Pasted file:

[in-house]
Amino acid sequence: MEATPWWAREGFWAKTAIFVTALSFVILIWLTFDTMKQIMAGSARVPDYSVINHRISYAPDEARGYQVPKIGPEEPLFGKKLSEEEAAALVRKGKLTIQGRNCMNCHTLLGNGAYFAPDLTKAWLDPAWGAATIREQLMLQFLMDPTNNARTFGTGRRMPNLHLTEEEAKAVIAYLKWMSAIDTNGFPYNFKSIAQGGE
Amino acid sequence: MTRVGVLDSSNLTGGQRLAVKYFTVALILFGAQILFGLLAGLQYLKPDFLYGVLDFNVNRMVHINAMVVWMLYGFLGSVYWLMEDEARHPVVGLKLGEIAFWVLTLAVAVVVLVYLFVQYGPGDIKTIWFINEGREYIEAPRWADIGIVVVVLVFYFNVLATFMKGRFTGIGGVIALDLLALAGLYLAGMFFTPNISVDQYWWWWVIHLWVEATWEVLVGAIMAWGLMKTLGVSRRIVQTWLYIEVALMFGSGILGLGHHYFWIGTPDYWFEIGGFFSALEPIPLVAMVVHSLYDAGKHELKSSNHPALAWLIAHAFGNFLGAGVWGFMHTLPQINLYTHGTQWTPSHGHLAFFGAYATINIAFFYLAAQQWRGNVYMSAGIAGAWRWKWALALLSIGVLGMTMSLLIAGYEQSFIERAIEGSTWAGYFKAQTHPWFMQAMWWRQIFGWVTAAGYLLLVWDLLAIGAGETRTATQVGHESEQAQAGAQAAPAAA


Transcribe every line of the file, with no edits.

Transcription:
[in-house]
Amino acid sequence: MEATPWWAREGFWAKTAIFVTALSFVILIWLTFDTMKQIMAGSARVPDYSVINHRISYAPDEARGYQVPKIGPEEPLFGKKLSEEEAAALVRKGKLTIQGRNCMNCHTLLGNGAYFAPDLTKAWLDPAWGAATIREQLMLQFLMDPTNNARTFGTGRRMPNLHLTEEEAKAVIAYLKWMSAIDTNGFPYNFKSIAQGGE
Amino acid sequence: MTRVGVLDSSNLTGGQRLAVKYFTVALILFGAQILFGLLAGLQYLKPDFLYGVLDFNVNRMVHINAMVVWMLYGFLGSVYWLMEDEARHPVVGLKLGEIAFWVLTLAVAVVVLVYLFVQYGPGDIKTIWFINEGREYIEAPRWADIGIVVVVLVFYFNVLATFMKGRFTGIGGVIALDLLALAGLYLAGMFFTPNISVDQYWWWWVIHLWVEATWEVLVGAIMAWGLMKTLGVSRRIVQTWLYIEVALMFGSGILGLGHHYFWIGTPDYWFEIGGFFSALEPIPLVAMVVHSLYDAGKHELKSSNHPALAWLIAHAFGNFLGAGVWGFMHTLPQINLYTHGTQWTPSHGHLAFFGAYATINIAFFYLAAQQWRGNVYMSAGIAGAWRWKWALALLSIGVLGMTMSLLIAGYEQSFIERAIEGSTWAGYFKAQTHPWFMQAMWWRQIFGWVTAAGYLLLVWDLLAIGAGETRTATQVGHESEQAQAGAQAAPAAA